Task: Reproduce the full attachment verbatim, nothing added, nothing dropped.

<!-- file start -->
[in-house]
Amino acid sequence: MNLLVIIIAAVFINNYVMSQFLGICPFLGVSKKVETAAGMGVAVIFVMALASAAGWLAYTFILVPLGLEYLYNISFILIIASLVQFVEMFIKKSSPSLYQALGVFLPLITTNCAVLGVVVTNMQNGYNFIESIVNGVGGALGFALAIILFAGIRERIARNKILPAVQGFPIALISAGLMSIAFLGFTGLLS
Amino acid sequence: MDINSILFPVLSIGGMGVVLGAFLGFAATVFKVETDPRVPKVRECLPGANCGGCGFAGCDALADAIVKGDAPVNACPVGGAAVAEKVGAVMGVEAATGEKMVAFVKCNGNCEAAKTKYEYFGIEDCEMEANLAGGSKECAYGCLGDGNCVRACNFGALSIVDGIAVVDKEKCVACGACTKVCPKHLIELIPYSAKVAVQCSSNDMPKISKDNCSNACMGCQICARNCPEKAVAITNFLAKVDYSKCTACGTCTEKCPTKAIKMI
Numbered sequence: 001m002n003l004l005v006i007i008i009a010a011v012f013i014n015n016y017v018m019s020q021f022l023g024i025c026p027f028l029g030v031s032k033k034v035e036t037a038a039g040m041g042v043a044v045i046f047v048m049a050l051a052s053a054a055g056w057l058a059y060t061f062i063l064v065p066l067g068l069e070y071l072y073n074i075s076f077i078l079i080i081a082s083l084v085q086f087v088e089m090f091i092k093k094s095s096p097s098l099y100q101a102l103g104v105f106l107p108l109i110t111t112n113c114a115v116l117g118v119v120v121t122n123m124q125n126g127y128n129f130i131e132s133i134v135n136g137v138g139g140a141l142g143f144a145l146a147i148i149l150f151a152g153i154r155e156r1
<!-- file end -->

[in-house]
Amino acid sequence: MNLLVIIIAAVFINNYVMSQFLGICPFLGVSKKVETAAGMGVAVIFVMALASAAGWLAYTFILVPLGLEYLYNISFILIIASLVQFVEMFIKKSSPSLYQALGVFLPLITTNCAVLGVVVTNMQNGYNFIESIVNGVGGALGFALAIILFAGIRERIARNKILPAVQGFPIALISAGLMSIAFLGFTGLLS
Amino acid sequence: MDINSILFPVLSIGGMGVVLGAFLGFAATVFKVETDPRVPKVRECLPGANCGGCGFAGCDALADAIVKGDAPVNACPVGGAAVAEKVGAVMGVEAATGEKMVAFVKCNGNCEAAKTKYEYFGIEDCEMEANLAGGSKECAYGCLGDGNCVRACNFGALSIVDGIAVVDKEKCVACGACTKVCPKHLIELIPYSAKVAVQCSSNDMPKISKDNCSNACMGCQICARNCPEKAVAITNFLAKVDYSKCTACGTCTEKCPTKAIKMI
Numbered sequence: 001m002n003l004l005v006i007i008i009a010a011v012f013i014n015n016y017v018m019s020q021f022l023g024i025c026p027f028l029g030v031s032k033k034v035e036t037a038a039g040m041g042v043a044v045i046f047v048m049a050l051a052s053a054a055g056w057l058a059y060t061f062i063l064v065p066l067g068l069e070y071l072y073n074i075s076f077i078l079i080i081a082s083l084v085q086f087v088e089m090f091i092k093k094s095s096p097s098l099y100q101a102l103g104v105f106l107p108l109i110t111t112n113c114a115v116l117g118v119v120v121t122n123m124q125n126g127y128n129f130i131e132s133i134v135n136g137v138g139g140a141l142g143f144a145l146a147i148i149l150f151a152g153i154r155e156r1